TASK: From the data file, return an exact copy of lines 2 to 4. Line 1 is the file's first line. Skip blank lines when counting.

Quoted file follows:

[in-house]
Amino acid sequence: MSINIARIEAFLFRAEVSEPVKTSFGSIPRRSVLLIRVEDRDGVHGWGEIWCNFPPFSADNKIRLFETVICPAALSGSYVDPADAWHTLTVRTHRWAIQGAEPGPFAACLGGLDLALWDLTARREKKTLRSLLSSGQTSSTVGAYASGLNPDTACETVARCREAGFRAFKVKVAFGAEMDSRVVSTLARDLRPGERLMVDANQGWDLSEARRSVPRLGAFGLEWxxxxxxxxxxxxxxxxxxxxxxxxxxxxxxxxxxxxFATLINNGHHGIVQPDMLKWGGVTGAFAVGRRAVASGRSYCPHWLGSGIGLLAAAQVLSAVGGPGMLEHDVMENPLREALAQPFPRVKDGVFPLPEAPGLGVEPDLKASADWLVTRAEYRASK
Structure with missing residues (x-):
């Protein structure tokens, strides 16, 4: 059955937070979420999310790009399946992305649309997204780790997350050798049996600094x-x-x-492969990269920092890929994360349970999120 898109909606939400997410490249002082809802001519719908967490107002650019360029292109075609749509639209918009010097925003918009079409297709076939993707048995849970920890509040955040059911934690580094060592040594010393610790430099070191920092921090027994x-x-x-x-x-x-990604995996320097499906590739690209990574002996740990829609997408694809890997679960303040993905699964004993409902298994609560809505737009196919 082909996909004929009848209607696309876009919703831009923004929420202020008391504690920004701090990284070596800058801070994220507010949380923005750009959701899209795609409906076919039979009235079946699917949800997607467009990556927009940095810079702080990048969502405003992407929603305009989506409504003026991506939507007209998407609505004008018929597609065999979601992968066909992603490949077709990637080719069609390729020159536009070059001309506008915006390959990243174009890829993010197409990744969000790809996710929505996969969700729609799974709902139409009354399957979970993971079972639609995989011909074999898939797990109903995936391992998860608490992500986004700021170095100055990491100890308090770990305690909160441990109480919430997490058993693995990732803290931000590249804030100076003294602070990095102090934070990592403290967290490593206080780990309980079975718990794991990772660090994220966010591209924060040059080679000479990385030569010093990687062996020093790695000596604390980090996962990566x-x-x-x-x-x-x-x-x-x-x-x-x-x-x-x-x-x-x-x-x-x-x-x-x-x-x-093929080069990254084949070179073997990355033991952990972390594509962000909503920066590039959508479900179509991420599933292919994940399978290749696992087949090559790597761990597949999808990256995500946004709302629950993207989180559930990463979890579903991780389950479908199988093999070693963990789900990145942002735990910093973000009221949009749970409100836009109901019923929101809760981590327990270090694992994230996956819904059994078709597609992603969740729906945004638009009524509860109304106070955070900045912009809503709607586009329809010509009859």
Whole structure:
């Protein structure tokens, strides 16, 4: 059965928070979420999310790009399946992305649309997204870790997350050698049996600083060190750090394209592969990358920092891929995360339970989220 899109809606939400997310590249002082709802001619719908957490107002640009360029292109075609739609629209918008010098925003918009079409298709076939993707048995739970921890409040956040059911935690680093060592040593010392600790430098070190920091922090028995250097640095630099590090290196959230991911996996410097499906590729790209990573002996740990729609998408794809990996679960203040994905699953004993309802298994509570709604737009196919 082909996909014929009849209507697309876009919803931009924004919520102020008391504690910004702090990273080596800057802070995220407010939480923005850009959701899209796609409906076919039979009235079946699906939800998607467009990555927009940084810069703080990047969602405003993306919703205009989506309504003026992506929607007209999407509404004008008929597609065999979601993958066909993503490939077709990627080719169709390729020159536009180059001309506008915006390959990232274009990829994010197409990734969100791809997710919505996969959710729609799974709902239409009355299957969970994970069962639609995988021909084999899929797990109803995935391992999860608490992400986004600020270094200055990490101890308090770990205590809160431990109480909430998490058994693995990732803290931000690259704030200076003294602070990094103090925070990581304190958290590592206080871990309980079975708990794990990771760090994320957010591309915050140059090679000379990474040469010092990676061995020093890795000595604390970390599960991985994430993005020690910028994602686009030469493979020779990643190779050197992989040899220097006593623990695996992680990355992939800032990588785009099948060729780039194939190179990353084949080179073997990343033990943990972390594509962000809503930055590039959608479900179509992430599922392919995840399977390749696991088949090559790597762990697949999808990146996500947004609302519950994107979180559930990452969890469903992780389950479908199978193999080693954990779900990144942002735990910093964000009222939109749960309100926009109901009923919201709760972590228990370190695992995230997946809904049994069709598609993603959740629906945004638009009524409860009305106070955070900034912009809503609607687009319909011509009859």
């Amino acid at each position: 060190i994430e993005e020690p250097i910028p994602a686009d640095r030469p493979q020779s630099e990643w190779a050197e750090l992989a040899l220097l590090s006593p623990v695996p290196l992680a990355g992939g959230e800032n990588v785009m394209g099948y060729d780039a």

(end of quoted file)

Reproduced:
Amino acid sequence: MSINIARIEAFLFRAEVSEPVKTSFGSIPRRSVLLIRVEDRDGVHGWGEIWCNFPPFSADNKIRLFETVICPAALSGSYVDPADAWHTLTVRTHRWAIQGAEPGPFAACLGGLDLALWDLTARREKKTLRSLLSSGQTSSTVGAYASGLNPDTACETVARCREAGFRAFKVKVAFGAEMDSRVVSTLARDLRPGERLMVDANQGWDLSEARRSVPRLGAFGLEWxxxxxxxxxxxxxxxxxxxxxxxxxxxxxxxxxxxxFATLINNGHHGIVQPDMLKWGGVTGAFAVGRRAVASGRSYCPHWLGSGIGLLAAAQVLSAVGGPGMLEHDVMENPLREALAQPFPRVKDGVFPLPEAPGLGVEPDLKASADWLVTRAEYRASK
Structure with missing residues (x-):
């Protein structure tokens, strides 16, 4: 059955937070979420999310790009399946992305649309997204780790997350050798049996600094x-x-x-492969990269920092890929994360349970999120 898109909606939400997410490249002082809802001519719908967490107002650019360029292109075609749509639209918009010097925003918009079409297709076939993707048995849970920890509040955040059911934690580094060592040594010393610790430099070191920092921090027994x-x-x-x-x-x-990604995996320097499906590739690209990574002996740990829609997408694809890997679960303040993905699964004993409902298994609560809505737009196919 082909996909004929009848209607696309876009919703831009923004929420202020008391504690920004701090990284070596800058801070994220507010949380923005750009959701899209795609409906076919039979009235079946699917949800997607467009990556927009940095810079702080990048969502405003992407929603305009989506409504003026991506939507007209998407609505004008018929597609065999979601992968066909992603490949077709990637080719069609390729020159536009070059001309506008915006390959990243174009890829993010197409990744969000790809996710929505996969969700729609799974709902139409009354399957979970993971079972639609995989011909074999898939797990109903995936391992998860608490992500986004700021170095100055990491100890308090770990305690909160441990109480919430997490058993693995990732803290931000590249804030100076003294602070990095102090934070990592403290967290490593206080780990309980079975718990794991990772660090994220966010591209924060040059080679000479990385030569010093990687062996020093790695000596604390980090996962990566x-x-x-x-x-x-x-x-x-x-x-x-x-x-x-x-x-x-x-x-x-x-x-x-x-x-x-093929080069990254084949070179073997990355033991952990972390594509962000909503920066590039959508479900179509991420599933292919994940399978290749696992087949090559790597761990597949999808990256995500946004709302629950993207989180559930990463979890579903991780389950479908199988093999070693963990789900990145942002735990910093973000009221949009749970409100836009109901019923929101809760981590327990270090694992994230996956819904059994078709597609992603969740729906945004638009009524509860109304106070955070900045912009809503709607586009329809010509009859």